Raw, Distilled Love: Royal Headache’s Gripping ‘High’

For when you really do give a fuck
By    September 3, 2015

royal headache review post

Peter Holslin killed the dinosaurs

There’s a lot of things about Royal Headache that give off a punk rock “Don’t Give a Fuck!” vibe. This four-piece from Sydney, Australia, is fast, grimy, and melodic—as efficient and effective as a well-oiled rat trap, only for music. Even their Twitter page has a ramshackle look to it. But if Royal Headache are punk, they’re punks with heart. They do give a fuck, and that’s what makes them special.

Their new album, High, came out last month on What’s Your Rupture? That New York label is also home to smirking post-punks Parquet Courts, and as the association would suggest, Royal Headache’s second studio effort touches on some important aspects of what’s like to be human, but just as notably, pulls an end-run around the humorlessness, buffoonery, and bro’d-out aggression that you’ll hear in a lot of punk music.

At their core, the 10 tracks on High are simply love songs. The band’s lead singer is a guy named Shogun, and with a tough Aussie accent and taut singing style, he spends most of these 29 minutes commiserating over, arguing with, and trying to win back a loved one. But there’s a serious urgency here, and deeper issues at play. Over the pounding riffs of album opener “My Own Fantasy,” Shogun describes living the lifestyle so many dudes dream about—“rock ’n’ roll and tons of girls!”—only to dismiss it as exactly that: a fantasy, something that cut him off from the real world.

Naturally, Shogun isn’t exactly Shakespeare when it comes to writing lyrics. But the simplicity works; it fits in with his piercing intensity and Buzzcocks-like command of melody. “Need you, need you, need you!” he cries over and over in “Need You,” his voice growing increasingly desperate while his band backs him up with bruised drums and soulful organs.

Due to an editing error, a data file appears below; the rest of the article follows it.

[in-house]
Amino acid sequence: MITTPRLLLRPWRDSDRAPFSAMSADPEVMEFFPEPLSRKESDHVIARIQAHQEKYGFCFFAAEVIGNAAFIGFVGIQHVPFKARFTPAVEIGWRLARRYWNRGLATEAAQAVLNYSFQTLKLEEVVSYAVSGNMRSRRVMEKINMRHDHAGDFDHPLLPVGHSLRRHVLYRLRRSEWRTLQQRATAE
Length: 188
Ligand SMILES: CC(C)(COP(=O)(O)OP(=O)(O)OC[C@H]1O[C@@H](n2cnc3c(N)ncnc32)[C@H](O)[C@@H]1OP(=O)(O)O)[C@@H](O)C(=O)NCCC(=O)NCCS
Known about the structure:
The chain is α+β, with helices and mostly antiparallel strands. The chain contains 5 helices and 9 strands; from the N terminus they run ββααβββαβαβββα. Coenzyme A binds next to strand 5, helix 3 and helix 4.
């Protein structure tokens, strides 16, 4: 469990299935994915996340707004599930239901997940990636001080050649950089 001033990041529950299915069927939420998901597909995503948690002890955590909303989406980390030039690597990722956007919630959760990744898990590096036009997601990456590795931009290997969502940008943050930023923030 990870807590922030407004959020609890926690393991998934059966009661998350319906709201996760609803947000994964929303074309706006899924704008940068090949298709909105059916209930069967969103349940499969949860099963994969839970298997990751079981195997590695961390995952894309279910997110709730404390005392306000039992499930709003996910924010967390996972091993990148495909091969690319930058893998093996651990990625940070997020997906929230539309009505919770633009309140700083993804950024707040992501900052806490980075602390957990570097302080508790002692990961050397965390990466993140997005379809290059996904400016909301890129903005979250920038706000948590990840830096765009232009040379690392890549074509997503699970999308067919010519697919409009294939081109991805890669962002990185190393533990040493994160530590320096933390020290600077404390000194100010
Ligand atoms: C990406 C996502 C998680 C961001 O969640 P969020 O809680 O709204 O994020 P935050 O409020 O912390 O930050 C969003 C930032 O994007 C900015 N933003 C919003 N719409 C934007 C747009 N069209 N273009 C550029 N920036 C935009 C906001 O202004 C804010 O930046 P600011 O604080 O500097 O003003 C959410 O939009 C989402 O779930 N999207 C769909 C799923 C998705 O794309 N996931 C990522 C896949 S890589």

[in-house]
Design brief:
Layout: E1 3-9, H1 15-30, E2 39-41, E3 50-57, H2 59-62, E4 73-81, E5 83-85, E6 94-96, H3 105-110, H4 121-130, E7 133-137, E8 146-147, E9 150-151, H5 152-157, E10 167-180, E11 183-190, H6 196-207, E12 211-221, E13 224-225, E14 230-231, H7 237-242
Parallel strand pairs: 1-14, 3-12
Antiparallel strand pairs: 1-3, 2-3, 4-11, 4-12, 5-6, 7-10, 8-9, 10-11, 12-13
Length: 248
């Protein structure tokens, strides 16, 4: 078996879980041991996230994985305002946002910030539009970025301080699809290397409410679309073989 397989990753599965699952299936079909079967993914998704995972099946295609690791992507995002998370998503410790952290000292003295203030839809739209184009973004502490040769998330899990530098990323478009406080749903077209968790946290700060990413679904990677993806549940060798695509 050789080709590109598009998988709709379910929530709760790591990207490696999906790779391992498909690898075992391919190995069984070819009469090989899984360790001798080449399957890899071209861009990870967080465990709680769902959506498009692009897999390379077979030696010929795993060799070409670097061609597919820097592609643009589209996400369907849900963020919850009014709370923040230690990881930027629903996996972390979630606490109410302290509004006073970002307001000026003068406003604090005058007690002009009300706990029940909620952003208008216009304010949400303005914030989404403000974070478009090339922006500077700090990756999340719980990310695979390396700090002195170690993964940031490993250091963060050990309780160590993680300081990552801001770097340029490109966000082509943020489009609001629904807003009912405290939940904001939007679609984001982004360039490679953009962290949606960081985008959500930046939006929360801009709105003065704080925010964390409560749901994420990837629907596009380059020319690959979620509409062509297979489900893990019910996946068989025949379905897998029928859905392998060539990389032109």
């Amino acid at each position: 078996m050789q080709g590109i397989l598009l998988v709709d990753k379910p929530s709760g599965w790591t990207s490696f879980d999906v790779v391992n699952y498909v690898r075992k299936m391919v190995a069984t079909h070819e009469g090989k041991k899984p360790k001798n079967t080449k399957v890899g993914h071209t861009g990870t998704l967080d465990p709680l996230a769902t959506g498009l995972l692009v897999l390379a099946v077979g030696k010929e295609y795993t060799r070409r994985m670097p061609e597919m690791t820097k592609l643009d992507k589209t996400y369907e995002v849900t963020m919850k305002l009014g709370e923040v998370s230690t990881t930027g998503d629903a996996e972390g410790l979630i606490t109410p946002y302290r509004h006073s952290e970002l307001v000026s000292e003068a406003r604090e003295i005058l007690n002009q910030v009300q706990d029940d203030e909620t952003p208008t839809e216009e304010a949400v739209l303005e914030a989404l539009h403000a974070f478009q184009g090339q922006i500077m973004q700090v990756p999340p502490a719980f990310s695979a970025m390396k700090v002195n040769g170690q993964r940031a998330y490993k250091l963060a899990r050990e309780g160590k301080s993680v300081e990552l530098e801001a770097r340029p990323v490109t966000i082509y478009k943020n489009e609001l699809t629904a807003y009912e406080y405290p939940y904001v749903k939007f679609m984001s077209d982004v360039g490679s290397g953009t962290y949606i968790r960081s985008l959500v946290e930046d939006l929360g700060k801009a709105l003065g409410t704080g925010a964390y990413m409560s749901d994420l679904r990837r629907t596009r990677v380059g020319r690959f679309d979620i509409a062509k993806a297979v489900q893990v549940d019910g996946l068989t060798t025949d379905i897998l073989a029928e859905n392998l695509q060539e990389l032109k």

Like Shogun, the other three core members of Royal Headache go by single names: guitarist Law, bassist Joe, and drummer Shortty. And also like their frontman, these three manage to cram tons of energy into a very tight space. Joe uses deliberate, tuneful bass plucks to play off Shortty’s primeval 4/4 style; Law evokes soul and grit through bright harmonics, stirring chord patterns, and cranked overdrive.

Royal Headache formed four years ago, and their 2012 self-titled debut is pretty scrappy compared to this new effort. These days they’ve still got their frantic approach; “Another World” and “Little Star” are both premium punk bangers. But the band took the time between albums to go on hiatus and regroup, and now they’re stretching out more and using their imaginations—just listen to the way the band underscores Shogun’s scornful snarls in “Garbage” with sheets of distortion and samples of smashing glass.

Their forays into the matters of the heart have grown more sophisticated too. One of the best songs off their their 2012 debut is “Down the Lane,” which sounds like a greaser ballad dipped in lo-fi crud. On High, the track “Love Her If I Tried” has a similar ’50s vibe, more in spirit than in practice—imagine doo-wop crooner romance engulfed in a whirlwind of belted vocals and soaring guitar riffs. The only time the band really trips up is on “Carolina.” It’s the album’s only slow song, an admirable attempt at blue-collar rootsiness, and yet the jangly, semi-acoustic strummed riffs come off a bit hokey, more John Mellencamp than Joe Cocker.

Punk bands have been singing about love for as long as punk has been around. Of course that’s not exactly the most “serious” topic a punk band can take up, but with Royal Headache it makes sense. Rather than get sidetracked, they’ve done everything they can to focus in, in the end managing to strike a balance between chaotic emotion and rigid structure.

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